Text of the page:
Scientists discover plants can be put to sleep during surgery

Publish on: 2018-02-06 10:59:45 AM
Mukul | risingbd.com

Risingbd Desk: Plants may not be so much unlike animals or humans after all.

That's one conclusion scientists have reached from a recent study where they tested anesthetics on a variety of different plants.

A team of researchers from the University of Florence and Germany's University of Bonn found that plants respond to anesthetics the same way that humans and animals do.

The scientists exposed Venus flytraps, Mimosa leaves (also referred to as the 'shy plant'), pea tendrils and sundew plants to ether, a common anesthetic.

In other cases, they soaked the roots of some plants with lidocaine.

The goal was to try out different methods of anesthesia with no structural similarities to demonstrate that the plants' reactions weren't coincidental or circumstantial.

More importantly, they wanted to prove that plants react to anesthesia in the same way that humans and animals do.

'The fact that plant cells responded to these compounds in a similar manner to animals and humans is intriguing,' the scientists wrote in the study.

To document this, the scientists used a single-lens reflex camera to follow organ movements in plants before, during and after recover from exposure to different anesthetics, the scientists said.

Each of the plants seemed to react in a similar fashion, by becoming immobile or not responding to touch in their typical manner.

For example, the Venus flytrap is famous for closing its jaw-like leaves when it senses an insect or prey nearby.

But when it was doused with an anesthetic, an interesting phenomenon occurred.

The scientists measured the electrical activity of a flytrap's cells and found that it had lost its 'action potentials,' meaning that the spiky trap, or its 'trigger hairs,' didn't close when poked.

Action potentials are 'necessary' to close the plant's trap and to initiate the digestive process, according to the study.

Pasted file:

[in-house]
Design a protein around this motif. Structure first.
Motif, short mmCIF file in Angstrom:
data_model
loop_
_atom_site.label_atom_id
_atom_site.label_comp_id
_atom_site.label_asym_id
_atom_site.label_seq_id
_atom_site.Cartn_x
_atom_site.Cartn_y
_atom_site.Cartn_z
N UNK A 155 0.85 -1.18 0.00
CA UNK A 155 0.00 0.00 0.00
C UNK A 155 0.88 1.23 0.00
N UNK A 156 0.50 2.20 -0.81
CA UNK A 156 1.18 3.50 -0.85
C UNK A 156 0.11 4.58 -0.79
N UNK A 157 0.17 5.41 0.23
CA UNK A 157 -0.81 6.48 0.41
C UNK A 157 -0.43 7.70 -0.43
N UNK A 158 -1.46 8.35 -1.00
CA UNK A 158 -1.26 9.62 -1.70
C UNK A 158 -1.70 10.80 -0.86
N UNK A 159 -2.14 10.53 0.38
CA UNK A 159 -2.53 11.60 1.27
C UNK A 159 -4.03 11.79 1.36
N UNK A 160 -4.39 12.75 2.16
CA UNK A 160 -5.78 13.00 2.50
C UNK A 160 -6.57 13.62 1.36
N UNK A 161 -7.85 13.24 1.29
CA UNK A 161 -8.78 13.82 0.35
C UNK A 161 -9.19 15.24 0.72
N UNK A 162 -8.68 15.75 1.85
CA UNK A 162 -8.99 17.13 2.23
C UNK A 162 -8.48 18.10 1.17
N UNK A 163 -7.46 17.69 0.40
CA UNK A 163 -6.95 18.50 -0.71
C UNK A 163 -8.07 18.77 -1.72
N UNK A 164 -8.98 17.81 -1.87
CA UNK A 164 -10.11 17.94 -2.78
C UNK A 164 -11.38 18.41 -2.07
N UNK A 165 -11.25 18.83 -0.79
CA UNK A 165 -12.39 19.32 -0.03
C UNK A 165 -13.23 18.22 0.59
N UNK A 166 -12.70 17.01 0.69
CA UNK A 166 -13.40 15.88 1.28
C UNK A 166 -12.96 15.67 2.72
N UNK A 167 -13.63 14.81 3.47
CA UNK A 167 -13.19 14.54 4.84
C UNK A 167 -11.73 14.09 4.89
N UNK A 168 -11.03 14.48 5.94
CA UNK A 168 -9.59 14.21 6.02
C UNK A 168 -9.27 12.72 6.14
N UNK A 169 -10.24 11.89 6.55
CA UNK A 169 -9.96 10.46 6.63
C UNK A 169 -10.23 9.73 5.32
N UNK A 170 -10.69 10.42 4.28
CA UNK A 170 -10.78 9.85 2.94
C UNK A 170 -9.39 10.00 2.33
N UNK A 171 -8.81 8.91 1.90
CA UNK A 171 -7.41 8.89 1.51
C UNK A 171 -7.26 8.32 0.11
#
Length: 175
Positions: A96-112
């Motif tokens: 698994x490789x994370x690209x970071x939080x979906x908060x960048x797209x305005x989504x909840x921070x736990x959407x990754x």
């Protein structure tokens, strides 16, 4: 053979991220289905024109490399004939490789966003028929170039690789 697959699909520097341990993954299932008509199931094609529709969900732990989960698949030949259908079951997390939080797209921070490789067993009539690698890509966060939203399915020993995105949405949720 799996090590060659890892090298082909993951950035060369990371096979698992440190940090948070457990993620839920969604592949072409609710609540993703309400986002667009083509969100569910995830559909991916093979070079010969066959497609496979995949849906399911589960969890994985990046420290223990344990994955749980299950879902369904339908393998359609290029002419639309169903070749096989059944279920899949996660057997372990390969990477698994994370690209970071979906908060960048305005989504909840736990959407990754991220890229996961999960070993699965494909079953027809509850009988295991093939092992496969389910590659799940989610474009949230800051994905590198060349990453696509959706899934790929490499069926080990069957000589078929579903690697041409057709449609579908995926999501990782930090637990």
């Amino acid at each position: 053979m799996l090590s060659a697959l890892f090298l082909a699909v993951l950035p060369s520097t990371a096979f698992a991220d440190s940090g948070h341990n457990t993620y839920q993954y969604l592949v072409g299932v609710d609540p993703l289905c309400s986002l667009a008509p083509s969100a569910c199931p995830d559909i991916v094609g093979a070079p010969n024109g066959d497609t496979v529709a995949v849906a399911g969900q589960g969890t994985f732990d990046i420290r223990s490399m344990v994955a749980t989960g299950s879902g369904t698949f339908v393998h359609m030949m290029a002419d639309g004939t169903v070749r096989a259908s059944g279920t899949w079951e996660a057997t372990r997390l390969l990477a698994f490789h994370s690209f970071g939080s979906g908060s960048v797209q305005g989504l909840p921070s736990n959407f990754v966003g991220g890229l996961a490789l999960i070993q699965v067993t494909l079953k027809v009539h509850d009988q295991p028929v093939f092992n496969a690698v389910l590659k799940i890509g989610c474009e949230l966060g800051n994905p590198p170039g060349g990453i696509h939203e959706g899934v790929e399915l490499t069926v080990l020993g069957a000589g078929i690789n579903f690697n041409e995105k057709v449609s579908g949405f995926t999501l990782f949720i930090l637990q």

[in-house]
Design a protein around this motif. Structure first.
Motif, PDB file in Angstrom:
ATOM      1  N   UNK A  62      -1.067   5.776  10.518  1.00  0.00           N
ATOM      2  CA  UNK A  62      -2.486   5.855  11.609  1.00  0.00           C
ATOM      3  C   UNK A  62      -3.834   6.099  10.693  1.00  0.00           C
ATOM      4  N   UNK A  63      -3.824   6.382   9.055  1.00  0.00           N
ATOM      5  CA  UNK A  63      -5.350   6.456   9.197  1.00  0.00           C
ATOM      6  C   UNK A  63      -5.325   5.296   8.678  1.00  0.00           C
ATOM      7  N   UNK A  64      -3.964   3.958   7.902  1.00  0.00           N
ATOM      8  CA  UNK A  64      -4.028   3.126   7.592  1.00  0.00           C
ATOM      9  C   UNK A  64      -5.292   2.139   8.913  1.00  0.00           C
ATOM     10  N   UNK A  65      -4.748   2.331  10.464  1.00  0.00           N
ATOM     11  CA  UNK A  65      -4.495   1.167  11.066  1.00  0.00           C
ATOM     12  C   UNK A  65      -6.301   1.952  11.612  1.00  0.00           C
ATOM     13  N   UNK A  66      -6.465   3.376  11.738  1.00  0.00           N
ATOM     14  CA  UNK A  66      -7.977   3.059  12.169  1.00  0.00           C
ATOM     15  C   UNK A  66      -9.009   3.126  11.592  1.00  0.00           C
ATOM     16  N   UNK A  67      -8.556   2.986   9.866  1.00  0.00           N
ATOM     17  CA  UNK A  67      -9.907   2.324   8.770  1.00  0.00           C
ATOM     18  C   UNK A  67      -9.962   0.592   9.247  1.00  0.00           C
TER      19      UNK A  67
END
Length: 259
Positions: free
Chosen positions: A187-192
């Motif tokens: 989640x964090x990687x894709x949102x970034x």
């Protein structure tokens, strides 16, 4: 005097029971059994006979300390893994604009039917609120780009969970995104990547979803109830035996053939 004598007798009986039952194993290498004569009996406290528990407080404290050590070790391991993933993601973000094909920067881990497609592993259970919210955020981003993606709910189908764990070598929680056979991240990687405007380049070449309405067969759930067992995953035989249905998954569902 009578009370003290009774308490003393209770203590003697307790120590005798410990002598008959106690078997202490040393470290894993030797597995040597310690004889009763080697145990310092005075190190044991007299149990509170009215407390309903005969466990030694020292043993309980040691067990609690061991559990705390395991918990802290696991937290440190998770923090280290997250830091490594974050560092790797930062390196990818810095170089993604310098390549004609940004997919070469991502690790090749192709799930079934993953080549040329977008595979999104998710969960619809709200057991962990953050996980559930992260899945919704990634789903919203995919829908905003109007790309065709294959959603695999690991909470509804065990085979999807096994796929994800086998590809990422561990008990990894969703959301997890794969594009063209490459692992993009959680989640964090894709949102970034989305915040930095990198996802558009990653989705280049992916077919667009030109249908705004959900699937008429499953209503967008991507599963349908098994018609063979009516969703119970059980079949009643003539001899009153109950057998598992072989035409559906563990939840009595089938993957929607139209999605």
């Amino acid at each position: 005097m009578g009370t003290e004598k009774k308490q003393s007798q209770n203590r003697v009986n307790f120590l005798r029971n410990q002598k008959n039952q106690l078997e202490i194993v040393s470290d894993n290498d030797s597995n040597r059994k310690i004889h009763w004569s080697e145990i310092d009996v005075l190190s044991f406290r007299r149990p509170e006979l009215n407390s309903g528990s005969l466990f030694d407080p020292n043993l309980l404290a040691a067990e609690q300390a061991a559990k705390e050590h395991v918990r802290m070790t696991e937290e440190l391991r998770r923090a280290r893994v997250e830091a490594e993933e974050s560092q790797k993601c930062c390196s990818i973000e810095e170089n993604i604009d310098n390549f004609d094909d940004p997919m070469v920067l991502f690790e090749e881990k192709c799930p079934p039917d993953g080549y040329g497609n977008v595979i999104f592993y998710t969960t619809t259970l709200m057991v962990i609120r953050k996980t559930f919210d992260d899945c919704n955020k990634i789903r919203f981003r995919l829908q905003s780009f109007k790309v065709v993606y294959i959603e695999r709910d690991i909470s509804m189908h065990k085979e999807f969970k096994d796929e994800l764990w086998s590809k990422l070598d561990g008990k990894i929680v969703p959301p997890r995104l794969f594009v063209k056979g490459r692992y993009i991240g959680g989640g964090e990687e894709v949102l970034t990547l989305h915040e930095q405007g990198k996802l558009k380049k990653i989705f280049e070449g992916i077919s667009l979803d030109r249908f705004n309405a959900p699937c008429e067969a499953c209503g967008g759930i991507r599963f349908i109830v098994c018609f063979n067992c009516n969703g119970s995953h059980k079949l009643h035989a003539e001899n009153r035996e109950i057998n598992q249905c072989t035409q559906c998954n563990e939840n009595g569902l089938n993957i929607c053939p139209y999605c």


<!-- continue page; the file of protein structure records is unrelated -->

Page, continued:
After the ether was gradually removed, it took about 900 seconds for the Venus flytrap to return to its normal state.

The flytrap demonstrated for 'the first time ever' that to immobilize plants, you have to inhibit their action potentials.

'In other words, as in animals and humans, bioelectricity and action potentials animate not only humans and animals but also plants,' the scientists said.

A similar effect was produced when the scientists exposed the Mimosa pudica, or 'shy plant,' to ether.

After about an hour of exposure, the plant 'completely lost the response to touch stimuli,' the scientists said.

Unlike the flytrap, however, it took the mimosa plant seven hours before it was able to regain consciousness.

Scientists have largely been unable to determine how anesthetics are able to render humans, animals and plants unconscious.

The study revealed that the common effect may be due to the drugs impacting our cell membranes, causing them to become more flexible, according to the New York Times.

Frantisek Baluska, a co-author of the study, told the Times that it's unclear what is altering the membrane function in plants.

What is clear is that the membrane function controls the transferring of messages via electricity from one cell to another, which is what causes plants to move.

A team of researchers from the University of Florence and Germany's University of Bonn found that plants respond to anesthetics the same way that humans and animals do.

The scientists exposed Venus flytraps, Mimosa leaves (also referred to as the 'shy plant'), pea tendrils and sundew plants to ether, a common anesthetic.

Each of the plants seemed to react in a similar fashion, by becoming immobile or not responding to touch in their typical manner.

For example, the Venus flytrap is famous for closing its jaw-like leaves when it senses an insect or prey nearby.

But when it was doused with an anesthetic, an interesting phenomenon occurred.

Similarly, a pea plant was exposed to certain levels of anesthesia. As a result, its leaves curled inward and it became immobile.


Typically, the pea plant's leaves 'search,' or move, autonomously. The scientists say the study has helped shed light on how plants react to anesthesia in a similar way to animals and humans.

'Plants are not just robotic, stimulus-response devices,' Baluska told the Times.

'They're living organisms which have their own problems, maybe something like with humans feeling pain or joy'.

'In order to navigate this complex life, they must have some compass,' Baluska added.  

The study could also show how plants could one day replace animals as objects for testing anesthesia.

Scientists have discovered in the past that testing anesthesia on animals can produce ineffective results, while testing the drugs on plants might prove to produce more reliable data.

Source: The Mail


risingbd/Feb 6, 2018/Mukul

 

 

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